Updated: Feb 7, 2022
IF (also called Restricted Eating) is a way of eating that employs a fasting window of 24 hours or less. IF has been used to facilitate weight loss, build lean muscle mass, improve digestion, decrease inflammation throughout the body as well as to increase energy levels.
IF is a way of life, not a diet. Our bodies are designed to fast and feed in regular cycles – our first meal of the day is after all called BreakFast! We are all very good at the feeding part but we miss the opportunity to take full advantage of the fasting part. During fasting hours, our bodies continue working and when not overwhelmed with the work of digesting food, our bodies can focus on repairing cells, healing illness as well as detoxifying our blood. More on the benefits of IF later.
Employing IF as a lifestyle choice facilitates our physiological organism to function at a more optimal frequency, thereby impacting our health and well-being in a plethora of ways – from digestive health to emotional balance, it all begins (and ends!) in the gastrointestinal track.
Overall calorie intake is lowered
Studies show that IF increases our glycemic control as well as our metabolic functions. Moreover, some studies show that IF does not promote loss of lean muscle mass, in fact they have shown that IF reduces inflammation, promotes weight loss as well as reducing certain risks of cancer associated with obesity and inflammation. Even if you choose to follow the least restrictive IF program, calorie intake overall is reduced in all types of IF practice.
Hunger is good
IF helps us to recognize real hunger versus emotional or habitual eating. We tend to habitually reach for food at certain times of the day, during certain events or as a way to calm and comfort ourselves. IF allows us the opportunity to understand what hunger actually feels like. We are addicted to eating and many of our processed foods act like drugs on our bodies; we can kick these addictions by practicing IF regularly.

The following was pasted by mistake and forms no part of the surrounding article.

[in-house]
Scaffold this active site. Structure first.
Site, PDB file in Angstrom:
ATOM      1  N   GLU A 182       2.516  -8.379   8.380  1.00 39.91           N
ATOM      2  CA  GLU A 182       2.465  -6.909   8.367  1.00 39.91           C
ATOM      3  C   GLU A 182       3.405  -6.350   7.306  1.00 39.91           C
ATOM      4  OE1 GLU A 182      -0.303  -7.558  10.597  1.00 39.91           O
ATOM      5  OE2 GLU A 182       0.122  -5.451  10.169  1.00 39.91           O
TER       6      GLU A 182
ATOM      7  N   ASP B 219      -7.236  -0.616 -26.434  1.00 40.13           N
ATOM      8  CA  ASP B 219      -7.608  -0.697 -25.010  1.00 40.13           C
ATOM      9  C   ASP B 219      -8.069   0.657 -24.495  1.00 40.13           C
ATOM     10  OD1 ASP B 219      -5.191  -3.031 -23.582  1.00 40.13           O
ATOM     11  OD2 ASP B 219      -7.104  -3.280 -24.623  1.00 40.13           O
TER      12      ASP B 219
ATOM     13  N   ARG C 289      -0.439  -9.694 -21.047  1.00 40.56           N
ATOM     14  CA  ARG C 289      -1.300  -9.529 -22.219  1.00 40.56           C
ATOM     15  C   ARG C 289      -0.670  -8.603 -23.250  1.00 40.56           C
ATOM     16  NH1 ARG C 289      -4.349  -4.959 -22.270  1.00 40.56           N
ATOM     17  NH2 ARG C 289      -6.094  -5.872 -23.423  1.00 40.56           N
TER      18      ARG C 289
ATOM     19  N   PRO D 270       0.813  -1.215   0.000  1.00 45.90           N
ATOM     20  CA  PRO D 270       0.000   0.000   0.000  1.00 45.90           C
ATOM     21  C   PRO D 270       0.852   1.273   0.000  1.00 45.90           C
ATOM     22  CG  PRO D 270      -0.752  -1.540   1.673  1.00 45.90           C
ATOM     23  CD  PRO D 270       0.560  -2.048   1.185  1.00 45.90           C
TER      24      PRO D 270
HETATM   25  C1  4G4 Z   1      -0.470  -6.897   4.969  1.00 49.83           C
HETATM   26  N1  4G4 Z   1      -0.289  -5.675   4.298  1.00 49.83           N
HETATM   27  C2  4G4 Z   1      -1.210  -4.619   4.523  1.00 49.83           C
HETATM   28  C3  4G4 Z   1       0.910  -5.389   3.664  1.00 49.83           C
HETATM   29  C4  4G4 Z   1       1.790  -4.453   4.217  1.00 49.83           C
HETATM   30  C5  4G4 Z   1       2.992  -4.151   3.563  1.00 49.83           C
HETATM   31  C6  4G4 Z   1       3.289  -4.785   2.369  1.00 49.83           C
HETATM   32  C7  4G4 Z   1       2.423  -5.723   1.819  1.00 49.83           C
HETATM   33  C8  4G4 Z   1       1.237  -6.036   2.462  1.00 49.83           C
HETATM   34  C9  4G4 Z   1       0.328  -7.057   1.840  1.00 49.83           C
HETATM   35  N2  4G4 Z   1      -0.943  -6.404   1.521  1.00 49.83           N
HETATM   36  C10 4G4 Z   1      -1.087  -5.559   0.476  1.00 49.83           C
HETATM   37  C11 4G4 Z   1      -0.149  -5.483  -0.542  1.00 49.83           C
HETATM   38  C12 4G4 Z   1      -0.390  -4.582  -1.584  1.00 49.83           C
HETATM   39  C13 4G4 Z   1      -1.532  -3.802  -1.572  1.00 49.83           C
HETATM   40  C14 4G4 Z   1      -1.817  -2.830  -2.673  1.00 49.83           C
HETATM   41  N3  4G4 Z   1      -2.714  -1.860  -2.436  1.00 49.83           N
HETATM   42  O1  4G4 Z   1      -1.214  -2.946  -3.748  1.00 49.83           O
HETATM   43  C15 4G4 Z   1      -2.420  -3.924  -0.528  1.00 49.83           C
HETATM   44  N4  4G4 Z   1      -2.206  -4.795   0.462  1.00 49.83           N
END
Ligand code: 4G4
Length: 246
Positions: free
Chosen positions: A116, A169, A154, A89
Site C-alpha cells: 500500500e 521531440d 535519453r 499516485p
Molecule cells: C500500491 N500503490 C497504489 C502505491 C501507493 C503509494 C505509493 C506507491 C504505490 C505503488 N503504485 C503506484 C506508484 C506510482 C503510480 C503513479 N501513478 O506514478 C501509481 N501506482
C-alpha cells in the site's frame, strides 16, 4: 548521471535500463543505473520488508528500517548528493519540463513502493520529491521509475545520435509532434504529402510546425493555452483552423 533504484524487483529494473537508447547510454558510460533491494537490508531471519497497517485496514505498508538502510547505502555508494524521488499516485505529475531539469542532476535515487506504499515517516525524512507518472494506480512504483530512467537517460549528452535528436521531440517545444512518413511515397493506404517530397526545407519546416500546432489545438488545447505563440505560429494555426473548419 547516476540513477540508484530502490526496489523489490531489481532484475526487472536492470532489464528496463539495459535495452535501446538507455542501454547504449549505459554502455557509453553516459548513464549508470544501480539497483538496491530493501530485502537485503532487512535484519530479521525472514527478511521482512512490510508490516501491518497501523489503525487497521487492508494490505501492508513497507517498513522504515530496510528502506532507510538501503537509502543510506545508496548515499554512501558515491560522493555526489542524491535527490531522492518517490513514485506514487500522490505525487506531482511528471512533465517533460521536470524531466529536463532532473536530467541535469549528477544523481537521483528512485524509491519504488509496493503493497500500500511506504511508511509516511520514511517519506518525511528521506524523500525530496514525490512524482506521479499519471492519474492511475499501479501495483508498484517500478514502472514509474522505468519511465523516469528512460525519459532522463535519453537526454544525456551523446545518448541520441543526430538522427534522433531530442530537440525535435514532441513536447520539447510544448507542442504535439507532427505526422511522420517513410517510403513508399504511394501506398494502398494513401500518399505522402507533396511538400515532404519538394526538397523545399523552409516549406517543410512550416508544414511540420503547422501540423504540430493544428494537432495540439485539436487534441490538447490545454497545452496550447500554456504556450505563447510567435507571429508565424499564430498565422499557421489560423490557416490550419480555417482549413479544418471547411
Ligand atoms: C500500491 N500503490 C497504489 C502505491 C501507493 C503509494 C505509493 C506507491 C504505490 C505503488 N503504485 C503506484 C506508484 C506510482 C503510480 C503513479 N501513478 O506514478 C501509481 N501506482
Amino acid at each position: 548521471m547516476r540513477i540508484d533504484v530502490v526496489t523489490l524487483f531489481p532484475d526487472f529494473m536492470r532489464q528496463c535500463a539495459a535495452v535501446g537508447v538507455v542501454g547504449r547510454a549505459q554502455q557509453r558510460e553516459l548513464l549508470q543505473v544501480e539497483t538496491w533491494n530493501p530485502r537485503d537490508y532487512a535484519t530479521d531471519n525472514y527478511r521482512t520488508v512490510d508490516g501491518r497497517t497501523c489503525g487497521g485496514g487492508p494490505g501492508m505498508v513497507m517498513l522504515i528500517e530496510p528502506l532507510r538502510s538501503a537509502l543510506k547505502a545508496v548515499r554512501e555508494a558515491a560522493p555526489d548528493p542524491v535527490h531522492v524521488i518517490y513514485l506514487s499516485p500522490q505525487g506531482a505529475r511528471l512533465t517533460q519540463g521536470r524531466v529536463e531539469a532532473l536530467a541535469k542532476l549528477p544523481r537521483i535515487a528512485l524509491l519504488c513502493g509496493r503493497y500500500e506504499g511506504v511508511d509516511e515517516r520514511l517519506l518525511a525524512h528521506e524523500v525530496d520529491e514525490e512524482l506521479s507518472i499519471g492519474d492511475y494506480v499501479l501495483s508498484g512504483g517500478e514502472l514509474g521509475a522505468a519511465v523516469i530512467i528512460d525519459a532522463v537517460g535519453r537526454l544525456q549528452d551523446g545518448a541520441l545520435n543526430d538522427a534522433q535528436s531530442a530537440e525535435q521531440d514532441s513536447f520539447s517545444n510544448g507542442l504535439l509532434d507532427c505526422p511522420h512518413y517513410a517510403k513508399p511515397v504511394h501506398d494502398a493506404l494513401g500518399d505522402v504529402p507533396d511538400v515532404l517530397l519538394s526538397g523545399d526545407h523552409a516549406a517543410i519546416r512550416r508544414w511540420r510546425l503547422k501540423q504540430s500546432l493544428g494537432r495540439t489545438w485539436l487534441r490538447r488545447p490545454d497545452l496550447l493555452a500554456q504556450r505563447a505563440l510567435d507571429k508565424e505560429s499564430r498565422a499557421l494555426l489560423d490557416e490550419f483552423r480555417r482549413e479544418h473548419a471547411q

Improves insulin sensitivity
Insulin is released by Beta cells in the pancreas. It helps sugar move from our blood stream and into our cells where it is used as energy. If the sugar is not used as energy, it is then stored in the liver in the form of Glycogen. When fasting, our bodies burn this excess glycogen for energy.
After 24 hours of fasting, our bodies’ insulin levels can drop by up to 50% and this, in turn, improves our insulin sensitivity, allowing us to better process the sugar into energy.
Increases our levels of Human Growth Hormone
Many studies show an increase in HGH during fasting. HGH is sometimes called ‘the fountain of youth’ as it helps to determine overall muscle mass as well as regulating our fat burning capabilities. HGH levels naturally decline after the age of 50. IF, along with quality sleep and high intensity activities, can help boost HGH levels in our bodies.
Regular IF practice could ...
Suppress inflammation throughout the body
Improve cardiovascular functions
Help to improve brain function
Help to maintain a healthy heart
Help to fight certain cancers
Help to maintain a healthy body weight
Help with Alzheimer’s
Help in the growth of new nerve cells
Help in the production of HGH
Always remember ...
A key component to successful IF is your nutrition during your feeding window. Be sure to focus on nutrient dense foods to ensure your body receives the vitamins and minerals it needs to perform optimally.
Remember – IF is a lifestyle choice, one that can be practiced each and every day of your life. Explore the IF options and find the one that fits best into your schedule and preferences. Please click here to learn about the four primary types of Intermittent Fasting.
Keep at it … it has taken some time for your body to learn its current feeding schedule, allow it time to adjust to a new schedule now so that you can fully reap the health benefits of IF.